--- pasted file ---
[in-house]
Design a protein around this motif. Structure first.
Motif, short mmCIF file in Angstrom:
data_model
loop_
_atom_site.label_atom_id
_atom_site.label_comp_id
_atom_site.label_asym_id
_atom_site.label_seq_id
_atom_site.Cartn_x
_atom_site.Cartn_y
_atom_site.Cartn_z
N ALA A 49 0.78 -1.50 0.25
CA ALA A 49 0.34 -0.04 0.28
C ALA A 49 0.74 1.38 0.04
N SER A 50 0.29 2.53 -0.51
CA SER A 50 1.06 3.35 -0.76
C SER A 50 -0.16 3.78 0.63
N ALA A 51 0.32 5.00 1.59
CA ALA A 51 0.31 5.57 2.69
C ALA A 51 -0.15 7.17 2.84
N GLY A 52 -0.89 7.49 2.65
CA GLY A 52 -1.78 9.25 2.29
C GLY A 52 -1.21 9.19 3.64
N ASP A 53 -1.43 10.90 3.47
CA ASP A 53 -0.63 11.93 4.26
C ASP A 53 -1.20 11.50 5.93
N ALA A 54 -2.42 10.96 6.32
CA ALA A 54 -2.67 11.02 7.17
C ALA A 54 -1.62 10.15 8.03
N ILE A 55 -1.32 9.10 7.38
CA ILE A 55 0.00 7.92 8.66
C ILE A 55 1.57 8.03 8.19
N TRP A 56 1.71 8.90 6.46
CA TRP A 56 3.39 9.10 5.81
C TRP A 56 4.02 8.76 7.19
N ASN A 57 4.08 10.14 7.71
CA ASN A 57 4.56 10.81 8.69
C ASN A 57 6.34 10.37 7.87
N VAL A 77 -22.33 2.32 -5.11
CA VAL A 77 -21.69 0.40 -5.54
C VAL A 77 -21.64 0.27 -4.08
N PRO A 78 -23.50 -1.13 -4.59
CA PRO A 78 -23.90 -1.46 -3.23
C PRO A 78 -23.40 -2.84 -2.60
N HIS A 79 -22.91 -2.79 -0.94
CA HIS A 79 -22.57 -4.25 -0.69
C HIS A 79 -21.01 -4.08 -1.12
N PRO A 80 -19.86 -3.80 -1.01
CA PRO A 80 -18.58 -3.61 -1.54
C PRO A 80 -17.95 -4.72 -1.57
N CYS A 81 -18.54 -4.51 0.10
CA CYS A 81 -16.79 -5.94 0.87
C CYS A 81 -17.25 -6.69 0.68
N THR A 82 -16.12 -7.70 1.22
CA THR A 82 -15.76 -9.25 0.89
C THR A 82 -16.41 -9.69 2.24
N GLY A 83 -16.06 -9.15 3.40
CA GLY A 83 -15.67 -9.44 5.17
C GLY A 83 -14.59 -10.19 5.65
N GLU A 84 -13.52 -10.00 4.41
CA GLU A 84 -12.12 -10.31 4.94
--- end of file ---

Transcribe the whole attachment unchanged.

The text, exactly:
[in-house]
Design a protein around this motif. Structure first.
Motif, short mmCIF file in Angstrom:
data_model
loop_
_atom_site.label_atom_id
_atom_site.label_comp_id
_atom_site.label_asym_id
_atom_site.label_seq_id
_atom_site.Cartn_x
_atom_site.Cartn_y
_atom_site.Cartn_z
N ALA A 49 0.78 -1.50 0.25
CA ALA A 49 0.34 -0.04 0.28
C ALA A 49 0.74 1.38 0.04
N SER A 50 0.29 2.53 -0.51
CA SER A 50 1.06 3.35 -0.76
C SER A 50 -0.16 3.78 0.63
N ALA A 51 0.32 5.00 1.59
CA ALA A 51 0.31 5.57 2.69
C ALA A 51 -0.15 7.17 2.84
N GLY A 52 -0.89 7.49 2.65
CA GLY A 52 -1.78 9.25 2.29
C GLY A 52 -1.21 9.19 3.64
N ASP A 53 -1.43 10.90 3.47
CA ASP A 53 -0.63 11.93 4.26
C ASP A 53 -1.20 11.50 5.93
N ALA A 54 -2.42 10.96 6.32
CA ALA A 54 -2.67 11.02 7.17
C ALA A 54 -1.62 10.15 8.03
N ILE A 55 -1.32 9.10 7.38
CA ILE A 55 0.00 7.92 8.66
C ILE A 55 1.57 8.03 8.19
N TRP A 56 1.71 8.90 6.46
CA TRP A 56 3.39 9.10 5.81
C TRP A 56 4.02 8.76 7.19
N ASN A 57 4.08 10.14 7.71
CA ASN A 57 4.56 10.81 8.69
C ASN A 57 6.34 10.37 7.87
N VAL A 77 -22.33 2.32 -5.11
CA VAL A 77 -21.69 0.40 -5.54
C VAL A 77 -21.64 0.27 -4.08
N PRO A 78 -23.50 -1.13 -4.59
CA PRO A 78 -23.90 -1.46 -3.23
C PRO A 78 -23.40 -2.84 -2.60
N HIS A 79 -22.91 -2.79 -0.94
CA HIS A 79 -22.57 -4.25 -0.69
C HIS A 79 -21.01 -4.08 -1.12
N PRO A 80 -19.86 -3.80 -1.01
CA PRO A 80 -18.58 -3.61 -1.54
C PRO A 80 -17.95 -4.72 -1.57
N CYS A 81 -18.54 -4.51 0.10
CA CYS A 81 -16.79 -5.94 0.87
C CYS A 81 -17.25 -6.69 0.68
N THR A 82 -16.12 -7.70 1.22
CA THR A 82 -15.76 -9.25 0.89
C THR A 82 -16.41 -9.69 2.24
N GLY A 83 -16.06 -9.15 3.40
CA GLY A 83 -15.67 -9.44 5.17
C GLY A 83 -14.59 -10.19 5.65
N GLU A 84 -13.52 -10.00 4.41
CA GLU A 84 -12.12 -10.31 4.94